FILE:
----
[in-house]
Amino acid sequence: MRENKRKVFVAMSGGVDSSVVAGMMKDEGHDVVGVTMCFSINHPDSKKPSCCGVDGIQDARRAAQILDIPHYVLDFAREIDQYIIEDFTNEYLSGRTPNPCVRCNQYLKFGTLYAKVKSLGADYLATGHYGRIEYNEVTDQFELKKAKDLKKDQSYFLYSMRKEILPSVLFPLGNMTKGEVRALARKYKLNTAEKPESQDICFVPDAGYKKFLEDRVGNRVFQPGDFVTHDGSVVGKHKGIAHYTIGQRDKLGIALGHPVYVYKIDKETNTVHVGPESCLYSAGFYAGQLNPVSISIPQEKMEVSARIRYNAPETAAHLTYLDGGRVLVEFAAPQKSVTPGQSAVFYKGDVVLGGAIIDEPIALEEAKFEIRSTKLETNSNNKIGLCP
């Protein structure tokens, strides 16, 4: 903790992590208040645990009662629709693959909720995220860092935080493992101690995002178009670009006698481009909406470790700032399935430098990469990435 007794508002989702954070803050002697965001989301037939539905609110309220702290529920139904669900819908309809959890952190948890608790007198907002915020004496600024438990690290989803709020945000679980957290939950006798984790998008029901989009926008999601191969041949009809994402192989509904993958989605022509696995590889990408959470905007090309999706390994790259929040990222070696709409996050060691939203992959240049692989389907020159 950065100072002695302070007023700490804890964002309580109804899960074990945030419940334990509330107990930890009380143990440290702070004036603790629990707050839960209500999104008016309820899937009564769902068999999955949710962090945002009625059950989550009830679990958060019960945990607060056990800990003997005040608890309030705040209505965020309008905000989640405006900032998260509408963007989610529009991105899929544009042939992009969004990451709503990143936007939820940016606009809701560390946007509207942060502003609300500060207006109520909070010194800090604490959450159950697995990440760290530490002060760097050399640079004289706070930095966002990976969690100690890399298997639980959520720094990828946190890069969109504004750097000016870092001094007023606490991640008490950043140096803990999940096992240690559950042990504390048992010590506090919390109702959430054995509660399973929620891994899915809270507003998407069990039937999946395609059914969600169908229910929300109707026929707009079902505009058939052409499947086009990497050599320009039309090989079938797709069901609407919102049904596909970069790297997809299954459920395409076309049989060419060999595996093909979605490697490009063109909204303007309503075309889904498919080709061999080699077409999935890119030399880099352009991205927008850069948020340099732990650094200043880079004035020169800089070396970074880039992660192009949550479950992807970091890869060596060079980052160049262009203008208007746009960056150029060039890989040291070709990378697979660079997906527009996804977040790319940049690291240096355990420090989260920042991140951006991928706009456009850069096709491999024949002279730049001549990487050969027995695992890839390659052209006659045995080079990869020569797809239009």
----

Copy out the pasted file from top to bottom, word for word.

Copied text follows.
[in-house]
Amino acid sequence: MRENKRKVFVAMSGGVDSSVVAGMMKDEGHDVVGVTMCFSINHPDSKKPSCCGVDGIQDARRAAQILDIPHYVLDFAREIDQYIIEDFTNEYLSGRTPNPCVRCNQYLKFGTLYAKVKSLGADYLATGHYGRIEYNEVTDQFELKKAKDLKKDQSYFLYSMRKEILPSVLFPLGNMTKGEVRALARKYKLNTAEKPESQDICFVPDAGYKKFLEDRVGNRVFQPGDFVTHDGSVVGKHKGIAHYTIGQRDKLGIALGHPVYVYKIDKETNTVHVGPESCLYSAGFYAGQLNPVSISIPQEKMEVSARIRYNAPETAAHLTYLDGGRVLVEFAAPQKSVTPGQSAVFYKGDVVLGGAIIDEPIALEEAKFEIRSTKLETNSNNKIGLCP
């Protein structure tokens, strides 16, 4: 903790992590208040645990009662629709693959909720995220860092935080493992101690995002178009670009006698481009909406470790700032399935430098990469990435 007794508002989702954070803050002697965001989301037939539905609110309220702290529920139904669900819908309809959890952190948890608790007198907002915020004496600024438990690290989803709020945000679980957290939950006798984790998008029901989009926008999601191969041949009809994402192989509904993958989605022509696995590889990408959470905007090309999706390994790259929040990222070696709409996050060691939203992959240049692989389907020159 950065100072002695302070007023700490804890964002309580109804899960074990945030419940334990509330107990930890009380143990440290702070004036603790629990707050839960209500999104008016309820899937009564769902068999999955949710962090945002009625059950989550009830679990958060019960945990607060056990800990003997005040608890309030705040209505965020309008905000989640405006900032998260509408963007989610529009991105899929544009042939992009969004990451709503990143936007939820940016606009809701560390946007509207942060502003609300500060207006109520909070010194800090604490959450159950697995990440760290530490002060760097050399640079004289706070930095966002990976969690100690890399298997639980959520720094990828946190890069969109504004750097000016870092001094007023606490991640008490950043140096803990999940096992240690559950042990504390048992010590506090919390109702959430054995509660399973929620891994899915809270507003998407069990039937999946395609059914969600169908229910929300109707026929707009079902505009058939052409499947086009990497050599320009039309090989079938797709069901609407919102049904596909970069790297997809299954459920395409076309049989060419060999595996093909979605490697490009063109909204303007309503075309889904498919080709061999080699077409999935890119030399880099352009991205927008850069948020340099732990650094200043880079004035020169800089070396970074880039992660192009949550479950992807970091890869060596060079980052160049262009203008208007746009960056150029060039890989040291070709990378697979660079997906527009996804977040790319940049690291240096355990420090989260920042991140951006991928706009456009850069096709491999024949002279730049001549990487050969027995695992890839390659052209006659045995080079990869020569797809239009």